The Taylor Family Institute for Innovative Psychiatric Research seeks to eradicate mental illness by exploring and developing new treatments and therapies.
Launched in 2012 with visionary support of Andrew and Barbara Taylor and the Crawford Taylor Foundation, the Taylor Family Institute for Innovative Psychiatric Research at Washington University School of Medicine in St. Louis is focused on changing the landscape of mental health.
Psychiatric illnesses today
Psychiatric illnesses are a heterogenous collection of disorders characterized by dysfunction of brain networks, ultimately leading to symptoms involving emotion, motivation and cognition. They permeate our world and affect those around us in myriad seen — and unseen — ways.
According to estimates from the World Health Organization, psychiatric disorders affect more than 80 million Americans and roughly 25 percent of people throughout the world. Up to 30 percent of adults in the United States suffer from a psychiatric illness at some point in their lives, and those illnesses account for more than 40 percent of all disabilities.
Psychiatric disorders represent a common thread underlying many other disabilities and causes of death, including suicide. They also are a driving factor behind hospital readmission rates.
There is no one set path to a good outcome for those affected with psychiatric illness. Yet pharmacological treatments for psychiatric disorders have remained relatively unchanged over the last 25 years.
Treatments haven’t come quickly enough
Modern neuroscience and genetics are providing new insights into the underlying mechanisms that contribute to psychiatric illnesses. But despite that progress, relatively few new and more effective treatments have come to market.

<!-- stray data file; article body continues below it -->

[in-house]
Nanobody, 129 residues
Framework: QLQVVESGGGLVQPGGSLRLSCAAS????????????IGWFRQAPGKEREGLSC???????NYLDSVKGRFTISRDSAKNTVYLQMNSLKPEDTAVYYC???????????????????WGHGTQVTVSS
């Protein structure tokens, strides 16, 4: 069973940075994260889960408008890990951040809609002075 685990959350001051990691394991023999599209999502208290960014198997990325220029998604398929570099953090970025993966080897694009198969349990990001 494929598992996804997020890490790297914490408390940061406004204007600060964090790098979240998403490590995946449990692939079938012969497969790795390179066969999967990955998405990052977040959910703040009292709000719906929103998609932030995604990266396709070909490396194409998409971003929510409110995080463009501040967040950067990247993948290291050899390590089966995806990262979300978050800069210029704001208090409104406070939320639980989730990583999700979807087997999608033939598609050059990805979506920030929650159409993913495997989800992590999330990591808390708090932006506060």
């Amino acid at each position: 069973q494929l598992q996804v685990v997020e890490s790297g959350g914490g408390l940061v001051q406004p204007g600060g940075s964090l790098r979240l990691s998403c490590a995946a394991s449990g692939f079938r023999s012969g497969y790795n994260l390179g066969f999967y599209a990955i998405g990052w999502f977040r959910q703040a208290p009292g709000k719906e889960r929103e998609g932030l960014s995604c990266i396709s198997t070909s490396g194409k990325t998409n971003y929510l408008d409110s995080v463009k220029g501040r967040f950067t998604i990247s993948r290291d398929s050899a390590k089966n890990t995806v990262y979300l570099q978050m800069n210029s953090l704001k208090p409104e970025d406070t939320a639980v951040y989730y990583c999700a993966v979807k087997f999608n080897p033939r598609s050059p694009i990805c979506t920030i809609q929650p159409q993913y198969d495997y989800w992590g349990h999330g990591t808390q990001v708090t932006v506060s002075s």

The last class of psychiatric drugs developed successfully were selective serotonin reuptake inhibitors (SSRIs), for treating depression, and new-generation antipsychotic medications for illnesses such as schizophrenia. Although those drugs tend to be more effective than older medications, they target the same systems in the brain as did psychiatric drugs that were available in the 1950s and 1960s.
Many current medications used to treat psychiatric disorders, although offering help to those affected, have major limitations in terms of effectiveness and potential side effects.
The development of novel pharmacological treatments offers some of the greatest hope for diminishing the impact of psychiatric illnesses.
Accelerating translational medicine
In an environment of increasingly limited funding from the National Institutes of Health (NIH), the Taylor Family Institute for Innovative Psychiatric Research seeks to advance the development of treatment options for those affected with psychiatric disorders by providing support for both laboratory and clinical collaborations.
Members of the Institute drive laboratory and clinical research at Washington University focused on new treatment development in psychiatry and involve collaborations among several departments, including psychiatry, anesthesiology, developmental biology, radiology, neurology and neuroscience.
The core strengths of Institute scientists encompass biochemical, biophysical, physiological and behavioral research, and drug discovery.
Understanding the genetics, neurocircuitry and biology of psychiatric and neurological disorders is important for developing much needed treatments for the many individuals, families and friends living with the effects of these devastating illnesses.
About the Taylor Family
Andrew and Barbara Taylor and the Crawford Taylor Foundation, the charity of the entire Jack C. Taylor family, committed $20 million to the Department of Psychiatry at Washington University School of Medicine in St. Louis to advance the science underlying the diagnosis and treatment of psychiatric illnesses. The gift was announced as university leaders launched Leading Together: The Campaign for Washington University, a historic effort to enhance Washington University’s leadership here and abroad.
“Barbara, our family, and I believe it is important to take a public position in supporting the science that holds great hope for many individuals and their families,” says Andy Taylor, chair of the Leading Together campaign and chief executive officer of Enterprise Holdings, the St. Louis-based company that operates the Enterprise Rent-A-Car, National Car Rental and Alamo Rent A Car brands.
“Our investment in this campaign reflects our confidence in the leadership of Dr. Charles Zorumski, head of the Department of Psychiatry, as well as our appreciation of adjunct professor Dr. Luis Giuffra, who deepened our understanding of the great need for this effort.”